As a result, there are grave concerns associated with how these changes to the long‐established EU definition of Rural Development (RD) will impact farm businesses and rural communities, with the changes clearly designed to pave the way for Welsh Ministers to shape it in a way that reflects the principles that underpin their proposed Sustainable Farming Scheme. Such changes could result in damaging consequences ‐ not only to farmers and land managers, but to all sectors within rural communities that receive support through the RDP, particularly if our competitors in EU Countries continue to base RD schemes on a broader set of principles that better assist rural businesses, including farms.

The consultation will be discussed in FUW County Executive meetings throughout September and a response based on the views of committees will be prepared and sent on behalf of the FUW by the closing date of October 2 3 .

BPS Support Scheme 2 0 2 0

Welsh Government has recently announced that the Basic Payment Scheme (BPS) Support scheme will return for a third consecutive year in order to provide claimants with loans that minimise the adverse impact of delayed payments.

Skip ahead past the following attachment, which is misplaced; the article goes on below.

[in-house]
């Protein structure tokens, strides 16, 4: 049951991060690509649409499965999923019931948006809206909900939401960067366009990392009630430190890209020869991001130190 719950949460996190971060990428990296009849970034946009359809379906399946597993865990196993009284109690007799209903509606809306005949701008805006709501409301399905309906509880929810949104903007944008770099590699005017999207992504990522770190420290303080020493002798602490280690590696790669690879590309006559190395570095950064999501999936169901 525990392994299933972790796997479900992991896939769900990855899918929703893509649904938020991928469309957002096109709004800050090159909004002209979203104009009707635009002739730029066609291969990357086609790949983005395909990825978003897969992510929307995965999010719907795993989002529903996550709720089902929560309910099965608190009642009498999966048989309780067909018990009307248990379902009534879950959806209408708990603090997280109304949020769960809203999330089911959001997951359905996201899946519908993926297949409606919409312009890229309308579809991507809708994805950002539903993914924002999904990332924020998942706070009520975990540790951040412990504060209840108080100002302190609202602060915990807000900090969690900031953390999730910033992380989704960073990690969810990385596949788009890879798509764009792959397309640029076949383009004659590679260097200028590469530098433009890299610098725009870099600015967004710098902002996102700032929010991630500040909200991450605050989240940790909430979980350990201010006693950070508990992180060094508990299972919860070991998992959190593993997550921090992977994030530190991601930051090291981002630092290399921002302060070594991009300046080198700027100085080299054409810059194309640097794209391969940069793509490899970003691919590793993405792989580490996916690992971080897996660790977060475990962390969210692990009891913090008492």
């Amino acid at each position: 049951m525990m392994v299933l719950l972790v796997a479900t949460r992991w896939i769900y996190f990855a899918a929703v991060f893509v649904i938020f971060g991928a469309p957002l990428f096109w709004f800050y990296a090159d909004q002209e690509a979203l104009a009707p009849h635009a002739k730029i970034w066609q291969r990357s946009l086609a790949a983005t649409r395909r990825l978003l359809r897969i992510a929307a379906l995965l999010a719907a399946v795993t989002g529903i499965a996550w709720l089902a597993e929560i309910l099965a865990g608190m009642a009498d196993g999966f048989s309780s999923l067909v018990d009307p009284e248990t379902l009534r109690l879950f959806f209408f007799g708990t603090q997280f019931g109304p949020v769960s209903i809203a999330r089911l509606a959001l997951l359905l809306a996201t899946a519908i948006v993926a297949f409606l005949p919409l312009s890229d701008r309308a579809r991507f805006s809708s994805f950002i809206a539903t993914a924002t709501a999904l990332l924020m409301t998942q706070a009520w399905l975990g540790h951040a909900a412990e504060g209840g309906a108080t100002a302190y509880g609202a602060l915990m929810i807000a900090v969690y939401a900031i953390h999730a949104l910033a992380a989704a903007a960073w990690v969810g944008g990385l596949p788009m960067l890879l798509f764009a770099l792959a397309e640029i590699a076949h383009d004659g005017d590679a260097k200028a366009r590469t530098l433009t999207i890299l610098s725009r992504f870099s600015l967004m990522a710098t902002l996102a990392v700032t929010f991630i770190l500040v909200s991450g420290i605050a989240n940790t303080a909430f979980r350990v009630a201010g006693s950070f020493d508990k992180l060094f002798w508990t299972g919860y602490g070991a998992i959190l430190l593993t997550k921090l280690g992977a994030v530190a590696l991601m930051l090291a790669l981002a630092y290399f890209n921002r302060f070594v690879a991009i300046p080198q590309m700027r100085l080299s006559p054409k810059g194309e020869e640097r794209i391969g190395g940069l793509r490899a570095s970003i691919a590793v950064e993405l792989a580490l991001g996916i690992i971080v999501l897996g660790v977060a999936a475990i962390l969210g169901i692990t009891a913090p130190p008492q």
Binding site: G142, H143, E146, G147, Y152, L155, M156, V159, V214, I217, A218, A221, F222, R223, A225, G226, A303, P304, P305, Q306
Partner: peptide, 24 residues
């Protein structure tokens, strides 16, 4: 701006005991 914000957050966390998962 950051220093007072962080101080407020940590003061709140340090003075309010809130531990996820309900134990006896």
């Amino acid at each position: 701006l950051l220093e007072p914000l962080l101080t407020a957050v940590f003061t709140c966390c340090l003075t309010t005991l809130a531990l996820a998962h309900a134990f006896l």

The scheme will pay a loan of up to 9 0 % of the business’ anticipated BPS claim value from December 7 to successful applicants and to those whose full BPS claim is not processed.

The scheme will follow an ‘opt‐in’ process and will be open for applications via RPW Online from September 1 to November 27 2020.

The Welsh Government says there are some instances where a support scheme payment will not be possible and these are highlighted in the guidance on RPW Online ‐ for example, where there is an outstanding grant probate or if penalties applied to the claim will not be covered by the balance payment.

However, while the FUW welcomes the scheme, it has repeatedly lobbied for the maximum number of payments to be processed to allow payments to be released in early December, and where this is not possible for the percentage that is made available in the form of a loan to be variable, so it takes account of potential penalties rather than there being a strict cut‐off of 9 0 %.

Rural Payments Wales (RPW) says it will ensure that claimants whose support scheme applications are rejected are prioritised for processing to ensure that everyone receives either a full or support payment as early as possible.

The FUW would encourage all members to apply for the support scheme or to contact local FUW County staff if they want us to submit the application on their behalf.

Commodity Markets


Latest Hybu Cig Cymru ‐ Meat Promotion Wales (HCC) figures show that up to the week ending August 15 2020, average New Season Lamb (NSL) liveweight (lw) prices in Wales had fallen by 2 p per kg on the previous week but remained around 4 0 p per kg above the same time last year and the 5 year average due to the gradual return of demand from the foodservice sector. GB prime lamb deadweight (dw) prices stood at 4 6 8 p per kg, 0 .7 p below week earlier prices but similarly remained around 7 0 p per kg above 2 0 1 9 and 5 year average prices.

Total UK lamb throughput for July was up by nearly